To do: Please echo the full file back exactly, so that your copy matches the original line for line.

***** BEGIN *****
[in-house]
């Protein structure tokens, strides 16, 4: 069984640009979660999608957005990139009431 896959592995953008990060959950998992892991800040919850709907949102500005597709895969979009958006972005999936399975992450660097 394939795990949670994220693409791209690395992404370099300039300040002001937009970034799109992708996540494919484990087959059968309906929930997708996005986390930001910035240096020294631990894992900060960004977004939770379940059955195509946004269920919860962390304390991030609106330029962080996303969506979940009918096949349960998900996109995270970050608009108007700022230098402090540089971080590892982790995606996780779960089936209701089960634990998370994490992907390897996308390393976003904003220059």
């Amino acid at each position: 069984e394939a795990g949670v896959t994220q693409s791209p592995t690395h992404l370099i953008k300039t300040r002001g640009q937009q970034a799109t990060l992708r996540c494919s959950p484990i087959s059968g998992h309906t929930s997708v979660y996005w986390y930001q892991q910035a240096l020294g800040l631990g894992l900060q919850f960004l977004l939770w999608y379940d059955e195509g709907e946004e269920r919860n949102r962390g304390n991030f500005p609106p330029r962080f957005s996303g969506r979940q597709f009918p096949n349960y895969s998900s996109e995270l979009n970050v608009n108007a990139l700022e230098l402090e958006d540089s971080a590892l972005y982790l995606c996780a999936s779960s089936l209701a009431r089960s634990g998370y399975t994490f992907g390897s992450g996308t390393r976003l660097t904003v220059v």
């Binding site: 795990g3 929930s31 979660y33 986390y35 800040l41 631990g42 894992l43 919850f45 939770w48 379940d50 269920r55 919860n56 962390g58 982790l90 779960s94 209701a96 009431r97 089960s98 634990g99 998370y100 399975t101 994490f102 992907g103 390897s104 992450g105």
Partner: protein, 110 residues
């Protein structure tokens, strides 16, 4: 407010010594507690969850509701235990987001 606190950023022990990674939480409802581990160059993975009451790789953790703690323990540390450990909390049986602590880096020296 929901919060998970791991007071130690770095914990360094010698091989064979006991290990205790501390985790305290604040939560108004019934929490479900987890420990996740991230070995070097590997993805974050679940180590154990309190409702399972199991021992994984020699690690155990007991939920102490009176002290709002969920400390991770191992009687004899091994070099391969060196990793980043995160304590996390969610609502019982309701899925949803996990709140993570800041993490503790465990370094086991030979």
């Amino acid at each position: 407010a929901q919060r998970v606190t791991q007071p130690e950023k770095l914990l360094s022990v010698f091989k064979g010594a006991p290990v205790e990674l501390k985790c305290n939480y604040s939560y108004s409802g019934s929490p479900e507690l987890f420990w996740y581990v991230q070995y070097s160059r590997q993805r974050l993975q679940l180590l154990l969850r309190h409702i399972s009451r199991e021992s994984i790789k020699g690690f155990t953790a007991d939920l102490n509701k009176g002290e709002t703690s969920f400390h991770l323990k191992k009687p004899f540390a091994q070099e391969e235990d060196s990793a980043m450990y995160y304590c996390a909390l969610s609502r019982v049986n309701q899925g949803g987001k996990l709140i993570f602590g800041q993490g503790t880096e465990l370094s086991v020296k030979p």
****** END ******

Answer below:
[in-house]
């Protein structure tokens, strides 16, 4: 069984640009979660999608957005990139009431 896959592995953008990060959950998992892991800040919850709907949102500005597709895969979009958006972005999936399975992450660097 394939795990949670994220693409791209690395992404370099300039300040002001937009970034799109992708996540494919484990087959059968309906929930997708996005986390930001910035240096020294631990894992900060960004977004939770379940059955195509946004269920919860962390304390991030609106330029962080996303969506979940009918096949349960998900996109995270970050608009108007700022230098402090540089971080590892982790995606996780779960089936209701089960634990998370994490992907390897996308390393976003904003220059």
């Amino acid at each position: 069984e394939a795990g949670v896959t994220q693409s791209p592995t690395h992404l370099i953008k300039t300040r002001g640009q937009q970034a799109t990060l992708r996540c494919s959950p484990i087959s059968g998992h309906t929930s997708v979660y996005w986390y930001q892991q910035a240096l020294g800040l631990g894992l900060q919850f960004l977004l939770w999608y379940d059955e195509g709907e946004e269920r919860n949102r962390g304390n991030f500005p609106p330029r962080f957005s996303g969506r979940q597709f009918p096949n349960y895969s998900s996109e995270l979009n970050v608009n108007a990139l700022e230098l402090e958006d540089s971080a590892l972005y982790l995606c996780a999936s779960s089936l209701a009431r089960s634990g998370y399975t994490f992907g390897s992450g996308t390393r976003l660097t904003v220059v």
């Binding site: 795990g3 929930s31 979660y33 986390y35 800040l41 631990g42 894992l43 919850f45 939770w48 379940d50 269920r55 919860n56 962390g58 982790l90 779960s94 209701a96 009431r97 089960s98 634990g99 998370y100 399975t101 994490f102 992907g103 390897s104 992450g105």
Partner: protein, 110 residues
């Protein structure tokens, strides 16, 4: 407010010594507690969850509701235990987001 606190950023022990990674939480409802581990160059993975009451790789953790703690323990540390450990909390049986602590880096020296 929901919060998970791991007071130690770095914990360094010698091989064979006991290990205790501390985790305290604040939560108004019934929490479900987890420990996740991230070995070097590997993805974050679940180590154990309190409702399972199991021992994984020699690690155990007991939920102490009176002290709002969920400390991770191992009687004899091994070099391969060196990793980043995160304590996390969610609502019982309701899925949803996990709140993570800041993490503790465990370094086991030979």
């Amino acid at each position: 407010a929901q919060r998970v606190t791991q007071p130690e950023k770095l914990l360094s022990v010698f091989k064979g010594a006991p290990v205790e990674l501390k985790c305290n939480y604040s939560y108004s409802g019934s929490p479900e507690l987890f420990w996740y581990v991230q070995y070097s160059r590997q993805r974050l993975q679940l180590l154990l969850r309190h409702i399972s009451r199991e021992s994984i790789k020699g690690f155990t953790a007991d939920l102490n509701k009176g002290e709002t703690s969920f400390h991770l323990k191992k009687p004899f540390a091994q070099e391969e235990d060196s990793a980043m450990y995160y304590c996390a909390l969610s609502r019982v049986n309701q899925g949803g987001k996990l709140i993570f602590g800041q993490g503790t880096e465990l370094s086991v020296k030979p």